Saying that, I read this novel in two days and am looking to read more Veronica Henry soon. It has more depth than a chick-lit, but not so dark and depressing that when finished you need to watch five episodes of Will & Grace to cheer yourself up.

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Thursday, 18 December 2014

Book Review: The Girl Who Fell From The Sky by Simon Mawer

The Girl Who Fell From The SkyThe Girl Who Fell From The Sky by Simon Mawer
My rating: 4 of 5 stars

I was lent this book by a friend from the theatre, after cheekily eavesdropping in on their conversation and popping up at a convenient time.
Initially, I wasn't sure. I don't really read books about the war, Birdsong being one exception, but this sounded different. It was clear from the start this wasn't about the front line, this was about a woman doing her best in war torn France.
I really enjoyed reading about the processes that Marian Sutro went through in order to go undercover. I thought it went get confusing trying to remember what her name was at different points throughout the novel but I managed to keep track quite easily. Marian herself was a likeable character, easy to sympathise with, but still a woman with some gumption, definitely ahead of her time.
The novel really gets going when she is dropped into France. I can't imagine what it would have felt like, to be dropped into the dark, knowing you could be dead before your feet touched the ground, but Simon Mawer describes it with incredible detail and realism.
As we follow Marian through France and her dangerous journey, we grow to love her, care for her and wonder what is going to be her fate. I don't want to give anything away, but as things go from bad to worse I was absolutely gripped. As I held the book in my hands, my knuckles were white.
As the book came to an end I was absolutely furious! It seemed like someone had ripped the last few pages out, leaving the reader teetering. I cannot wait to read more of Simon Mawer and hope there is a follow up to this. I recommend this book highly, it is much more than a novel about the Second World War, it is about relationships, love and above all, hope.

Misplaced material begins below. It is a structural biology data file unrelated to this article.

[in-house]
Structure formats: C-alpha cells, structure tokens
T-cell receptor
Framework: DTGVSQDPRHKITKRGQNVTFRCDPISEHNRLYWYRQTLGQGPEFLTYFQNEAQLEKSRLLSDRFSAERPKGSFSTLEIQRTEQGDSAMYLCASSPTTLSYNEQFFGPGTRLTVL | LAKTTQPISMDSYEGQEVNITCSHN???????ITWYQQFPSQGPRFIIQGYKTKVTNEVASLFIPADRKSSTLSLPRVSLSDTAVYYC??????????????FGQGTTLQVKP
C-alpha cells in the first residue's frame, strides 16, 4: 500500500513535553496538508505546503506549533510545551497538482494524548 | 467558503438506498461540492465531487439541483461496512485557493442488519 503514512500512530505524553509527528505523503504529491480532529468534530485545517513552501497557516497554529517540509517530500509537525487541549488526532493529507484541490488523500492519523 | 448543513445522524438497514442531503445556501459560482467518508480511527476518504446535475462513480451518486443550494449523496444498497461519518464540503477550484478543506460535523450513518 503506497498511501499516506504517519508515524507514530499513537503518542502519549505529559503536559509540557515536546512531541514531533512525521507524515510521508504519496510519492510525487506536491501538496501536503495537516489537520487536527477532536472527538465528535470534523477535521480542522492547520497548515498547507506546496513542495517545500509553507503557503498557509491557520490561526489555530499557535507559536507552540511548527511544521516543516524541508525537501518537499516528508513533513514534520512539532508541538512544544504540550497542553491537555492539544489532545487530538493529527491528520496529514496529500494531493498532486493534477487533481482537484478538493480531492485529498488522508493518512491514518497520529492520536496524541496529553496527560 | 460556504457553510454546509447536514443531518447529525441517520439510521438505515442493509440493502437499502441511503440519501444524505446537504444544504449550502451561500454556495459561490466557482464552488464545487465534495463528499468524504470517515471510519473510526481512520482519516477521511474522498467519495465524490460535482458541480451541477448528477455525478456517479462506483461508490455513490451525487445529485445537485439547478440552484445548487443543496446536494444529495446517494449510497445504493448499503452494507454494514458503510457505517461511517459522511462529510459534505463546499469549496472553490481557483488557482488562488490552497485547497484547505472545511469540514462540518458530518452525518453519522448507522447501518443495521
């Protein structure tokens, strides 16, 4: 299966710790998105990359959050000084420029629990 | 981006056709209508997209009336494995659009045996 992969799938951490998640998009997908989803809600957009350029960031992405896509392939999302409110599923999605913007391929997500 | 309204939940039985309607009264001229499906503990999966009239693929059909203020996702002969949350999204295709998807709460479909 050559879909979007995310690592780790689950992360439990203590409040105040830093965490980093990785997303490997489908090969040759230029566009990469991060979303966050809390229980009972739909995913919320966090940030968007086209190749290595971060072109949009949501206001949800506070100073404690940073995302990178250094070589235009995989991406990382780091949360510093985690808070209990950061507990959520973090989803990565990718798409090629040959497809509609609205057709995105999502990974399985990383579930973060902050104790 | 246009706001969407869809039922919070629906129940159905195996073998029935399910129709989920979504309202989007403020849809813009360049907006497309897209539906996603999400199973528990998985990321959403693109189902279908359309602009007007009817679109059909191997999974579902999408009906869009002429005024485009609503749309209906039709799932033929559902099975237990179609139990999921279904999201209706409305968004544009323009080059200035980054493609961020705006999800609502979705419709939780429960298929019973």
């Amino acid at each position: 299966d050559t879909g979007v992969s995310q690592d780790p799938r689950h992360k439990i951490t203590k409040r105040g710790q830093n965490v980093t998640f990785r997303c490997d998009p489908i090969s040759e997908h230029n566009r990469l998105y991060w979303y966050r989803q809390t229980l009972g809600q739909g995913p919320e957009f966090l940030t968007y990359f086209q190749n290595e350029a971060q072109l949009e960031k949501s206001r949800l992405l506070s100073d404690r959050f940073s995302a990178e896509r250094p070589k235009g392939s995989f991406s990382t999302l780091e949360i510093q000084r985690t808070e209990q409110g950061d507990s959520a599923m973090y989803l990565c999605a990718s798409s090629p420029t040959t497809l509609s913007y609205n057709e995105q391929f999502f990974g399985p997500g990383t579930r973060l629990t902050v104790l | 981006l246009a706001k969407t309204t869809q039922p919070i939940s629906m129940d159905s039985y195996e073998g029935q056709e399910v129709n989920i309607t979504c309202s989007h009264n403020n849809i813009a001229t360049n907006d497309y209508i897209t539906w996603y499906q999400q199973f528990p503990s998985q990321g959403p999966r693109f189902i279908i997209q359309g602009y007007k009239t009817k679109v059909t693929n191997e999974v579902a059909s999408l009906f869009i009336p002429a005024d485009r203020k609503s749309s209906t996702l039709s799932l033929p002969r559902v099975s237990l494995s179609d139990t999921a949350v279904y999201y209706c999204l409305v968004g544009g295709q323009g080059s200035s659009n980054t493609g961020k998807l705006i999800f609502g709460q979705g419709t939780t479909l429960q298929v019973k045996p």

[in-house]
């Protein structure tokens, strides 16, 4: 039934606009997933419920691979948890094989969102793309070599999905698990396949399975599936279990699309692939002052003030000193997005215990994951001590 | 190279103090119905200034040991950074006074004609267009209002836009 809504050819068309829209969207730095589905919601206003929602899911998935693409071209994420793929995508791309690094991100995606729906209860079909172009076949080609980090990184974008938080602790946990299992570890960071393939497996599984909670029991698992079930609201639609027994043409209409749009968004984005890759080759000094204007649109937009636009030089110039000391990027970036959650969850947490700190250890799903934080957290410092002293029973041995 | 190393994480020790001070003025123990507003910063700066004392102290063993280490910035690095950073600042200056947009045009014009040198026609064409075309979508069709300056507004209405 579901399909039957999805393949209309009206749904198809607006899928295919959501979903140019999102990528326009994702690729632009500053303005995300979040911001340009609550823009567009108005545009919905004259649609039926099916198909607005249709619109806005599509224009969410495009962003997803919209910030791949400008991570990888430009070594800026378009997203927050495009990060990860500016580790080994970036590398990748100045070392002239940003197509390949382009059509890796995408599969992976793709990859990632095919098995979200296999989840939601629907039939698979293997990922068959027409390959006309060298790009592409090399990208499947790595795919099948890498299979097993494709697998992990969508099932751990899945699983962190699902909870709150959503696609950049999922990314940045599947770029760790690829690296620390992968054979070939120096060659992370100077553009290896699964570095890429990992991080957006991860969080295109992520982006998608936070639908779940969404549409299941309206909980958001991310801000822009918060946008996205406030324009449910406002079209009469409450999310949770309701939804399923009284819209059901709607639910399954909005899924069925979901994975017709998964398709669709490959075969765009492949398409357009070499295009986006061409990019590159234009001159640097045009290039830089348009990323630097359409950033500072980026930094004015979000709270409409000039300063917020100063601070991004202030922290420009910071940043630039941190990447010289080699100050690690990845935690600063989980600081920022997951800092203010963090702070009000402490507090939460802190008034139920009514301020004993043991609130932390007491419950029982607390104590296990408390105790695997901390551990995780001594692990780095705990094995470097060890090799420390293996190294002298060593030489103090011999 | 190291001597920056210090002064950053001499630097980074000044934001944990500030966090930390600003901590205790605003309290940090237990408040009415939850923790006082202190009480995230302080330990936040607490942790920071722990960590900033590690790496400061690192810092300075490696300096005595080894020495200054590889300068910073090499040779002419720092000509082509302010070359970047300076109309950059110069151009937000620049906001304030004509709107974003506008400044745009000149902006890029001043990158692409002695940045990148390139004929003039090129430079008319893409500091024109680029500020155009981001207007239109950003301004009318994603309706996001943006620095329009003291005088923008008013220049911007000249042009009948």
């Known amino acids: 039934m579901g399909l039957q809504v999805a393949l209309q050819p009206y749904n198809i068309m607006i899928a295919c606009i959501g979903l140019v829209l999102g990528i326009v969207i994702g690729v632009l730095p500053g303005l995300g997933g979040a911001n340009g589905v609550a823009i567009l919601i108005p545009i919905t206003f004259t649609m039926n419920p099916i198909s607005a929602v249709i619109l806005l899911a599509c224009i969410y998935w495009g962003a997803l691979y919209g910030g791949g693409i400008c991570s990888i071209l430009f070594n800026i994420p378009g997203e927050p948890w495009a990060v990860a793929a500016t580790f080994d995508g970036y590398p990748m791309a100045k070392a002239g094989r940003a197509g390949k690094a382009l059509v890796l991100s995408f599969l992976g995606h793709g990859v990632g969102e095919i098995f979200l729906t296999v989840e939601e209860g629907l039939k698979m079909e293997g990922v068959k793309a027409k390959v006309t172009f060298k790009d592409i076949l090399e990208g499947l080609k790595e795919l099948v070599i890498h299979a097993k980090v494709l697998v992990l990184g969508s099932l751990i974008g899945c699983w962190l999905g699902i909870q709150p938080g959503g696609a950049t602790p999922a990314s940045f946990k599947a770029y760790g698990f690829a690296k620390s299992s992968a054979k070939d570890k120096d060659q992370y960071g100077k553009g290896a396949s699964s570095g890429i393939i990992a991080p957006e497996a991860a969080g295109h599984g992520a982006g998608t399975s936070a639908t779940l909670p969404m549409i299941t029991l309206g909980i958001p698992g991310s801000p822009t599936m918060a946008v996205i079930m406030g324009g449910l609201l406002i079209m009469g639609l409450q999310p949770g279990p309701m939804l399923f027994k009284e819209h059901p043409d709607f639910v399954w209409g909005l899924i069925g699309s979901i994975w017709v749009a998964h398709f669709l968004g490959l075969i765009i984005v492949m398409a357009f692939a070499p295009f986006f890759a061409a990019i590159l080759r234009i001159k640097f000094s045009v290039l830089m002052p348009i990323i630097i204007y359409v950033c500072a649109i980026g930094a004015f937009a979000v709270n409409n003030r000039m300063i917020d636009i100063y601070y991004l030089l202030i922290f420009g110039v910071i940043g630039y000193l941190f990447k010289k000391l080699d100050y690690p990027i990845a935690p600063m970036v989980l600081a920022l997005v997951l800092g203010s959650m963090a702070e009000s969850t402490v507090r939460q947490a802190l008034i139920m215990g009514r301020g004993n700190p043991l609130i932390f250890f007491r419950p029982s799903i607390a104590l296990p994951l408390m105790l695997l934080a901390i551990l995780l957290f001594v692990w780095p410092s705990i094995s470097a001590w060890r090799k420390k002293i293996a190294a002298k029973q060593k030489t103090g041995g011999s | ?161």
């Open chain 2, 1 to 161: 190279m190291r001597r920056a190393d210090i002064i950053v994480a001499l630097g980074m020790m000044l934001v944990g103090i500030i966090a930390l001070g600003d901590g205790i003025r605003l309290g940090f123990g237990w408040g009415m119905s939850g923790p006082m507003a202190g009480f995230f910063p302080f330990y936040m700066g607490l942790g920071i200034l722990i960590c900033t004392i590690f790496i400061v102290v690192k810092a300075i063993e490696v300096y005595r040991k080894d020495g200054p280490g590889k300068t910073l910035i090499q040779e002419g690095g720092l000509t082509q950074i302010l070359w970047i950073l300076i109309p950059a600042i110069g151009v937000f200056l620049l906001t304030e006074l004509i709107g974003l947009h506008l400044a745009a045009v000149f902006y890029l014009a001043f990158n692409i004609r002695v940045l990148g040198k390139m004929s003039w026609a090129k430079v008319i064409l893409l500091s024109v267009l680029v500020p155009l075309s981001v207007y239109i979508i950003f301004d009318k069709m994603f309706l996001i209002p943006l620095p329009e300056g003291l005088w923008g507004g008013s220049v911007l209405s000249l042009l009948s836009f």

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Wednesday, 3 December 2014

Book Review: The Killing Place by Tess Gerritsen (Rizzoli & Isles #8)

The Killing Place (Jane Rizzoli & Maura Isles, #8)The Killing Place by Tess Gerritsen
My rating: 3 of 5 stars

When I picked this up a while back in a supermarket (if I remember correctly), I had no idea that it was one of the series that popular US TV show Rizzoli and Isles is based on. For me it was the concept that sounded interesting, twelve abandoned houses, truckloads of snow and a burnt out truck.
As I've not read any other books by Tess Gerritsen I'm not sure how they normally pan out, but this book focused on Maura Isles. After having argument with her priest boyfriend she decides to throw caution to the wind and goes off on a mini-break with her old friend Doug and his daughter Grace.
The tension soon mounts as they become stranded halfway up a mountain, stuck in the snow with no sign of rescue. Nobody even knows they've left for their little trip. They come across a dozen houses all left empty as if suddenly everybody just disappeared into thin air. This was the part of mystery that really got me excited. There is no explanation for what has happened, the small group discover clues around the community complex but nothing conclusive. Then things go from bad to worse.
The book is written really well, and grips you from the beginning, the characters are interesting and the twists come thick and fast. I don't have much experience reading about religious sects and cults so I found that interesting too. For me, the idea of where all these people had disappeared to and what had happened was thrilling and original.
The second half of the book detours somewhat but is still enjoyable and tense. However, there was a feel of 'American procedure', which comes with most of these kinds of books. I was also disappointed to find that the characters had been taken from the book but there was no adaptation of this book into an episode of Rizzoli and Isles. In the future I may read more this series.